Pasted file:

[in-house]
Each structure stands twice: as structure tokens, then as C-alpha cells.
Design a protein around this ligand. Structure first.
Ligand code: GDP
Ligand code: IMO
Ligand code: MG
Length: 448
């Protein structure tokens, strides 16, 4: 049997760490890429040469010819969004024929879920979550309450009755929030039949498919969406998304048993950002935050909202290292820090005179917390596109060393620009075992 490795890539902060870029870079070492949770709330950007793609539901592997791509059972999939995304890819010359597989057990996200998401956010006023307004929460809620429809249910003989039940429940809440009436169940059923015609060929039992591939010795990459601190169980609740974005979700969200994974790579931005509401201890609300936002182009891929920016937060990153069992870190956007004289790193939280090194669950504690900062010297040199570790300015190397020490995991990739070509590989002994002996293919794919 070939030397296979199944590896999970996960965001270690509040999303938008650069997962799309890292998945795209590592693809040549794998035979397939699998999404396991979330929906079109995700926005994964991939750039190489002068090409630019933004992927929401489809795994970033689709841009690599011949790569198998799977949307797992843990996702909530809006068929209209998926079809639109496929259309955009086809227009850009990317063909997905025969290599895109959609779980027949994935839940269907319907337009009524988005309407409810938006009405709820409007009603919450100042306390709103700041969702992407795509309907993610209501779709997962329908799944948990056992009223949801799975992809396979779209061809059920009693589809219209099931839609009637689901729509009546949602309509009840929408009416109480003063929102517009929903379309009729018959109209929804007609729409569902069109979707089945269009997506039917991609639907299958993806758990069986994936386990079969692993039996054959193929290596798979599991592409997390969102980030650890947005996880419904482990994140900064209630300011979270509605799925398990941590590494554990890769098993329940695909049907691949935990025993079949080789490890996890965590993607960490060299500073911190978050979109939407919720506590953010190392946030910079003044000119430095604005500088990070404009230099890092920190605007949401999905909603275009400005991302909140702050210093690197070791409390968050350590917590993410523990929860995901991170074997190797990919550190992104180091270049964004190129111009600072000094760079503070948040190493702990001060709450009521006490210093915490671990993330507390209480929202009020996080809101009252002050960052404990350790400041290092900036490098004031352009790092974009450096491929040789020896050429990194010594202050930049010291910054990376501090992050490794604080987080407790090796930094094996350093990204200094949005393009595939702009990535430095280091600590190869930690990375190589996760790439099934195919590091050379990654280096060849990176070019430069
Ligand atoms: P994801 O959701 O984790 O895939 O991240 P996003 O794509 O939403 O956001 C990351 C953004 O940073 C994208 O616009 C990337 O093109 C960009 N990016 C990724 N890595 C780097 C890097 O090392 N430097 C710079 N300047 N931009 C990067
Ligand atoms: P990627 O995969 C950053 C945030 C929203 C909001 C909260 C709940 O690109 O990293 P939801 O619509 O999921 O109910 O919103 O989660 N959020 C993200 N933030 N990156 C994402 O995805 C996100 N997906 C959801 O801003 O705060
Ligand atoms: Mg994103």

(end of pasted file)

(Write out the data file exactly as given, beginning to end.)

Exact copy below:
[in-house]
Each structure stands twice: as structure tokens, then as C-alpha cells.
Design a protein around this ligand. Structure first.
Ligand code: GDP
Ligand code: IMO
Ligand code: MG
Length: 448
């Protein structure tokens, strides 16, 4: 049997760490890429040469010819969004024929879920979550309450009755929030039949498919969406998304048993950002935050909202290292820090005179917390596109060393620009075992 490795890539902060870029870079070492949770709330950007793609539901592997791509059972999939995304890819010359597989057990996200998401956010006023307004929460809620429809249910003989039940429940809440009436169940059923015609060929039992591939010795990459601190169980609740974005979700969200994974790579931005509401201890609300936002182009891929920016937060990153069992870190956007004289790193939280090194669950504690900062010297040199570790300015190397020490995991990739070509590989002994002996293919794919 070939030397296979199944590896999970996960965001270690509040999303938008650069997962799309890292998945795209590592693809040549794998035979397939699998999404396991979330929906079109995700926005994964991939750039190489002068090409630019933004992927929401489809795994970033689709841009690599011949790569198998799977949307797992843990996702909530809006068929209209998926079809639109496929259309955009086809227009850009990317063909997905025969290599895109959609779980027949994935839940269907319907337009009524988005309407409810938006009405709820409007009603919450100042306390709103700041969702992407795509309907993610209501779709997962329908799944948990056992009223949801799975992809396979779209061809059920009693589809219209099931839609009637689901729509009546949602309509009840929408009416109480003063929102517009929903379309009729018959109209929804007609729409569902069109979707089945269009997506039917991609639907299958993806758990069986994936386990079969692993039996054959193929290596798979599991592409997390969102980030650890947005996880419904482990994140900064209630300011979270509605799925398990941590590494554990890769098993329940695909049907691949935990025993079949080789490890996890965590993607960490060299500073911190978050979109939407919720506590953010190392946030910079003044000119430095604005500088990070404009230099890092920190605007949401999905909603275009400005991302909140702050210093690197070791409390968050350590917590993410523990929860995901991170074997190797990919550190992104180091270049964004190129111009600072000094760079503070948040190493702990001060709450009521006490210093915490671990993330507390209480929202009020996080809101009252002050960052404990350790400041290092900036490098004031352009790092974009450096491929040789020896050429990194010594202050930049010291910054990376501090992050490794604080987080407790090796930094094996350093990204200094949005393009595939702009990535430095280091600590190869930690990375190589996760790439099934195919590091050379990654280096060849990176070019430069
Ligand atoms: P994801 O959701 O984790 O895939 O991240 P996003 O794509 O939403 O956001 C990351 C953004 O940073 C994208 O616009 C990337 O093109 C960009 N990016 C990724 N890595 C780097 C890097 O090392 N430097 C710079 N300047 N931009 C990067
Ligand atoms: P990627 O995969 C950053 C945030 C929203 C909001 C909260 C709940 O690109 O990293 P939801 O619509 O999921 O109910 O919103 O989660 N959020 C993200 N933030 N990156 C994402 O995805 C996100 N997906 C959801 O801003 O705060
Ligand atoms: Mg994103």